After a ten-year construction period, the navigation system was completed for approximately 110 miles and at a cost of about three million dollars. The entire system was composed of 63 miles of canals with 34 dams and 109 locks. The section of canal through Fricks Locks Village was located about 100 feet north of the 1757 farmhouse. The double lock was located about 250 feet west of the farmhouse. The canal contributed to the growth of Fricks Locks Village as it did with all its stopover points and trading locations.
John Frick’s heirs chose to see his lands at a public auction in the spring of 1826. Jacob Frick, the eldest son purchased a portion of those lands that contained the village district. Upon his death in 1852, the village district was divided among different heirs. Over the next hundred years, the immediate area of the Village had minor “improvements” added, mostly associated with the owner’s farming operations.
In 1832, the depth and width of the canals were increased to accommodate larger boats. (The original canal dimensions had not been followed per specifications.) The new supply of coal enabled more industrial operations along the river. The coal cost seven dollars a ton and was the cheapest fuel available. Canal boats could carry up to 80 tons of coals. The locks in Fricks Locks were an important stopping place in the areas. The village hosted a “convenience” store that stayed open 24 hours a day to supply the needs of the boatmen. Passengers on packet boats stopped in Fricks Locks to go ashore for dinner or stay overnight for a stagecoach connection. The Village became an important trade center. In 1849, a covered toll bridge, the Lawrenceville Bridge, was the area’s first dry crossing of the river. This improved connection (competing with the ferry service) to Montgomery County increased the trading opportunities and growth associated with the canal and the Village.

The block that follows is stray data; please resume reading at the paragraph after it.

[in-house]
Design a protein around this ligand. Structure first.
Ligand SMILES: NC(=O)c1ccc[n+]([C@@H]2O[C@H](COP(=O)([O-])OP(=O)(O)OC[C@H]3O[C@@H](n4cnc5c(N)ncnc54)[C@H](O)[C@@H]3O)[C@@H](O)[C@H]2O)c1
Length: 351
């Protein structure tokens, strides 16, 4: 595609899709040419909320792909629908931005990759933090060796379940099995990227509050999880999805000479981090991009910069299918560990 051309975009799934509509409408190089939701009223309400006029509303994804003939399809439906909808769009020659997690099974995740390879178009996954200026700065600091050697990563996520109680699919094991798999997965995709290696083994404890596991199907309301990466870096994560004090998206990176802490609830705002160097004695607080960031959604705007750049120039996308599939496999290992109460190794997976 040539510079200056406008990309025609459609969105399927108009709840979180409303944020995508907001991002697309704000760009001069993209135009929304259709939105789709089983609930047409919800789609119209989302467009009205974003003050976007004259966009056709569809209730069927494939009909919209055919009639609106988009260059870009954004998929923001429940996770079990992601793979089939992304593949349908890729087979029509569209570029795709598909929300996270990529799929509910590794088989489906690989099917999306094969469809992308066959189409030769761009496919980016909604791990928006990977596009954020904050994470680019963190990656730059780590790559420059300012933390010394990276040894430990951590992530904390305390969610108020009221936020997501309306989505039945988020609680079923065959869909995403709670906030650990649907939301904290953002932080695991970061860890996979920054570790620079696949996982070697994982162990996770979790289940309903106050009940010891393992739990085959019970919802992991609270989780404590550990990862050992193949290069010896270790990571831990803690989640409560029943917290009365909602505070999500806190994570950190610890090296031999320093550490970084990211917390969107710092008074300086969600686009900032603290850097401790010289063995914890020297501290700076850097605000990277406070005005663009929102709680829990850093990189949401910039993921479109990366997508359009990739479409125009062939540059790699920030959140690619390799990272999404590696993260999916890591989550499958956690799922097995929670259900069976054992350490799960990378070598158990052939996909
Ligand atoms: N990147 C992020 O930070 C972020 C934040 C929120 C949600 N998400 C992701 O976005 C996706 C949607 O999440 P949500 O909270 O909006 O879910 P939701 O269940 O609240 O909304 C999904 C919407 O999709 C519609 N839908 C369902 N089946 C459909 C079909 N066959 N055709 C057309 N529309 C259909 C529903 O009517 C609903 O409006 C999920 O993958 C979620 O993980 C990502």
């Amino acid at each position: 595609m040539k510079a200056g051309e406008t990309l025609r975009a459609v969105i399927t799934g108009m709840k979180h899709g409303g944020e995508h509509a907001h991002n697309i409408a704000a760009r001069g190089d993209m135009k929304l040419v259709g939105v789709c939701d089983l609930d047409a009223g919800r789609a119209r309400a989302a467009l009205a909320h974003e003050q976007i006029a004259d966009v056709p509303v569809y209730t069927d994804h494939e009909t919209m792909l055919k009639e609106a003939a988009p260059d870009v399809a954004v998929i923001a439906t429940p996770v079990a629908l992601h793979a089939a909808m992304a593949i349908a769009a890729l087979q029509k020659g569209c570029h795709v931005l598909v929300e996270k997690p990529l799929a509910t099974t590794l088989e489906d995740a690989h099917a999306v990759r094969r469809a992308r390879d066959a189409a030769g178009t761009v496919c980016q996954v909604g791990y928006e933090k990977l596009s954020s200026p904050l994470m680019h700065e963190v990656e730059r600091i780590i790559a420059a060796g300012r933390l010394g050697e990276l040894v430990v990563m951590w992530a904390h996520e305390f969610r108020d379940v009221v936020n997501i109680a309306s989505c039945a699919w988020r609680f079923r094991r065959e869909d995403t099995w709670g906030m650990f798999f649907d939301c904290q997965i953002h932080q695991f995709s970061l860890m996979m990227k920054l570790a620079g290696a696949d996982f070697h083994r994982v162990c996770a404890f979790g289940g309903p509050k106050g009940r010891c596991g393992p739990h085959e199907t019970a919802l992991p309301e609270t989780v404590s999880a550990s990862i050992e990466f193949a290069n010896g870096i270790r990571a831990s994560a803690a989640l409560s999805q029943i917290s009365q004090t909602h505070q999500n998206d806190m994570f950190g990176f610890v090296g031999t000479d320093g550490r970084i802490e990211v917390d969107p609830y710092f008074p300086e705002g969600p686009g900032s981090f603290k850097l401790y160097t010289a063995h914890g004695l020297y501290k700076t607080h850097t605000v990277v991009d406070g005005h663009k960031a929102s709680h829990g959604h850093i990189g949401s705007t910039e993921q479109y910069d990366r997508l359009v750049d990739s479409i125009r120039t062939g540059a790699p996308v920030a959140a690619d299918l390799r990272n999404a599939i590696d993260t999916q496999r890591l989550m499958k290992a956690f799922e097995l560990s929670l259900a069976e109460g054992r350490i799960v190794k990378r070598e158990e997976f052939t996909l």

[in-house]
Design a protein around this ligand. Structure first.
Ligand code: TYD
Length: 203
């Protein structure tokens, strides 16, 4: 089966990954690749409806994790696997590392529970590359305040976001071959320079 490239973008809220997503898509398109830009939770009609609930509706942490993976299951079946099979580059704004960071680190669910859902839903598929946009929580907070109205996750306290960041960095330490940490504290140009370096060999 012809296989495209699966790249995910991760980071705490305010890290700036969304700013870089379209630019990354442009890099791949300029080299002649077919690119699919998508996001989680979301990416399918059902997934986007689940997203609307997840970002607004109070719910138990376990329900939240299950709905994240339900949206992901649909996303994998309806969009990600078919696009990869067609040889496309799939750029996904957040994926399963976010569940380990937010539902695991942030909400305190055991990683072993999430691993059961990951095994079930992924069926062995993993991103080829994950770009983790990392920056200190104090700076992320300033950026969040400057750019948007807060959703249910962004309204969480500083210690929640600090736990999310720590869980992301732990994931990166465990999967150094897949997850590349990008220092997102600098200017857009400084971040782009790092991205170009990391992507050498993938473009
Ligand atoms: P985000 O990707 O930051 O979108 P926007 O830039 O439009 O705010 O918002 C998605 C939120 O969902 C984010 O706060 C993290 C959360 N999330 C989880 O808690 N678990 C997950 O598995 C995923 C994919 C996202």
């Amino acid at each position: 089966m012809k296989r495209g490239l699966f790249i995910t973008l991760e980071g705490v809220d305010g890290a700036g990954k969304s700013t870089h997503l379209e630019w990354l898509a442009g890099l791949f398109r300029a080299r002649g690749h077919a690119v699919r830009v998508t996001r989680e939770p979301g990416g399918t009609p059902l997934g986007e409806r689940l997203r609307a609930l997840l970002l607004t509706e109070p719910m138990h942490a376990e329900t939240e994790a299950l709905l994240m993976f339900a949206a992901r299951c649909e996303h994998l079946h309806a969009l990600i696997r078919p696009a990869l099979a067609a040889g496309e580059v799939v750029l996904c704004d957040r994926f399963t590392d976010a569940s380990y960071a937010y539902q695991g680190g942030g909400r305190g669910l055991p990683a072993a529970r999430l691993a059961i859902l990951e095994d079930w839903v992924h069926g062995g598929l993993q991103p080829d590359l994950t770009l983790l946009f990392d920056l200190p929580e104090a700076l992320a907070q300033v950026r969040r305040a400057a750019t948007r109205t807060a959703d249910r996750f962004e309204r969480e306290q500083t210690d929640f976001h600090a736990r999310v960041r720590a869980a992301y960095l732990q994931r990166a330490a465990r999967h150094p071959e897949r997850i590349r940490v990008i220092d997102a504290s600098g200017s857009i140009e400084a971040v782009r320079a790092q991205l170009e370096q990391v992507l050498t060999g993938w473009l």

In the 1880s, the Pennsylvania Railroad located a station in Fricks Locks and the US government established a Fricks Locks post office in the 1890s.